Listen carefully to the words of the Magnificate. Not the poetry of the words, the beauty of the words, the loveliness of the words. Listen to the five important verbs. In the Magnificate, God tells us that God regards or respects the poor, exalts the poor, feeds the poor, helps the poor, remembers the poor. In that same chapter in Luke, we hear the story that God chose a slave girl, Mary, to be the mother of Jesus. God didn't chose the beauty queen of Ballard; God didn't chose a mother who was a millionaire; God didn't chose a bride with brains. God chose a little thirteen year old girl from a fourth world country, with dark skin and dark brown eyes and dark brown hair to be the mother of Jesus. The Bible didn't call her a handmaiden. The word, "handmaiden," sounds so pretty. The Greek word is, "doulos," which means slave or servant. Mary was a servant girl. God exalted a servant girl from a fourth world country to be exalted and lifted up. And this servant girl sang her song and it is called the Song of Mary. The actual words of her song are revolutionary. The Song of Mary is a revolutionary bombshell because it turns the values of this world upside down.
In the Magnificate, God totally changes the values of life. We have agreed that this is what a revolution is: it totally changes things such as the computer or the cotton gin. In Christian language, before the revolution, we were impressed with the rich. After God's revolution, we are impressed with the poor. Before God's revolution, we are impressed with bucks and beauty. After God's revolution, we are impressed with paupers and poor people. The Magnificate is revolutionary stuff. Don't get caught up in the poetry. Don't get caught up in the music. Don't get caught up in creative interpretations that allow you to water down or dismiss the Magnificate. Let the revolution begin in your life, and mine. This is God's revolution in our hearts. God's value is to respect the poor, exalt the poor, feed the poor...within our hearts and actions.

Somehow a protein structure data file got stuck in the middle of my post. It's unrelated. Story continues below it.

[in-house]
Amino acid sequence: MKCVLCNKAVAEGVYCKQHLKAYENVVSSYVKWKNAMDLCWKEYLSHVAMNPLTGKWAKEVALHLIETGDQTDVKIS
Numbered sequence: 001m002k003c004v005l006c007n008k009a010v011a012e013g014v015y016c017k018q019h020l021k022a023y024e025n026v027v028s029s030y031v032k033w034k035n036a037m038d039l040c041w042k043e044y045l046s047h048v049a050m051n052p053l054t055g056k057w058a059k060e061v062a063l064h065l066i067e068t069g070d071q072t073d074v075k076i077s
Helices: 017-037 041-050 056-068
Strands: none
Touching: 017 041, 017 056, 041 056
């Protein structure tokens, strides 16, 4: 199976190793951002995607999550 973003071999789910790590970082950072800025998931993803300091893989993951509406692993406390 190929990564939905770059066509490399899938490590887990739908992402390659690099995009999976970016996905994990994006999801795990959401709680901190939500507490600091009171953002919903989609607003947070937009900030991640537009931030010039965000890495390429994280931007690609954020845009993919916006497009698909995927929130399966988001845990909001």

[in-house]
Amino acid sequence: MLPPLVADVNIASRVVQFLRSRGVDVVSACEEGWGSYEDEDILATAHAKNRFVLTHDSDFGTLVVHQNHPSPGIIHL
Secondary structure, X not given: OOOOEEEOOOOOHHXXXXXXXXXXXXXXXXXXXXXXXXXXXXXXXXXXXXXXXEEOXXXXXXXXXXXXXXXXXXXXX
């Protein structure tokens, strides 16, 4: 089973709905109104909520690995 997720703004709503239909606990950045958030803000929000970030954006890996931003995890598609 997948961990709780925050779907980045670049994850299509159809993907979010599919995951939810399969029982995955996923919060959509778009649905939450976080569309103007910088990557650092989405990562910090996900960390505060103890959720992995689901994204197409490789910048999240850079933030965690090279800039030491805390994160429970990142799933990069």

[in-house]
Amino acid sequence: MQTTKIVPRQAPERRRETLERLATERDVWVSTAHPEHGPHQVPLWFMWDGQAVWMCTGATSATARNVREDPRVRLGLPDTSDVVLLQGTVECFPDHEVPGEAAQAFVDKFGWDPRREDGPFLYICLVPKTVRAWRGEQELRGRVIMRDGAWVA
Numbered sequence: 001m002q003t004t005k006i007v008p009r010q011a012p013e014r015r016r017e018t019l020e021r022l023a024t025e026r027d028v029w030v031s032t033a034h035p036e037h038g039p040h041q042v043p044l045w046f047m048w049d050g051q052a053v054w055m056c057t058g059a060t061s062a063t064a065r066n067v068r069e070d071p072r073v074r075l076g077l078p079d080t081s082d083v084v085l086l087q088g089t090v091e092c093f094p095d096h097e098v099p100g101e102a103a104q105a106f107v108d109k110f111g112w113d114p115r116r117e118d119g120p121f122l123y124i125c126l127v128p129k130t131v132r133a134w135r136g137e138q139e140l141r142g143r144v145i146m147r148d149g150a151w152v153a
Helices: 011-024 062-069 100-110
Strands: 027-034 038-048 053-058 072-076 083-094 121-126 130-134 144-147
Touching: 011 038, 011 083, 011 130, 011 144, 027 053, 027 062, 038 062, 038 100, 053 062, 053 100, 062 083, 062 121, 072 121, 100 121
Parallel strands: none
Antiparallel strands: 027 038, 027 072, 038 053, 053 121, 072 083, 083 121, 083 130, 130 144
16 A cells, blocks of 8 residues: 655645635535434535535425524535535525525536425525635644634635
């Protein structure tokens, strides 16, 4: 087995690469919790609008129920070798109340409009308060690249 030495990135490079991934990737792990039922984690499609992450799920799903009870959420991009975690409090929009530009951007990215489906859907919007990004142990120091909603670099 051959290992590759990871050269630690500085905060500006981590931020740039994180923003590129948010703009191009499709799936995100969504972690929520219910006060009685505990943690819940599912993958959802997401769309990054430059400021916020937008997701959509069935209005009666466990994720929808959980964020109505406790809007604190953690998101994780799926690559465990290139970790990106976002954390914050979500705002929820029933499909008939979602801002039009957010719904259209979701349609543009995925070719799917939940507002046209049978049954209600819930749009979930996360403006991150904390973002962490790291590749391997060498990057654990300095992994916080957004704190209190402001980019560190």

In this Magnificate, you may have the false assumption that the Magnificate is an exception in Luke, an aberration, an accident. You may falsely assume the Magnificate is an isolated Bible passage and can be tempered, watered down, or dismissed. Not at all. The Magnificate is a prelude to the whole gospel, and the theme of the whole gospel is that God respects the poor, exalts the poor, cares for the poor, feeds the poor, remembers the poor, helps the poor.
Do you remember what Jesus said in his first sermon in the gospel of Luke? A first sermon reveals what is important to the man. In his first sermon in Luke, Jesus said, "I have come to bring good news to poor people, release for prisoners of war, and freedom for those imprisoned." You see, prisons have always been filled with poor people, and that is true today. Do a sociological study of our prisons and you will find our prisons filled with poor people. In his first sermon, Jesus is passionately concerned about poor people, and poor people are often found in prison or fighting wars for the rich.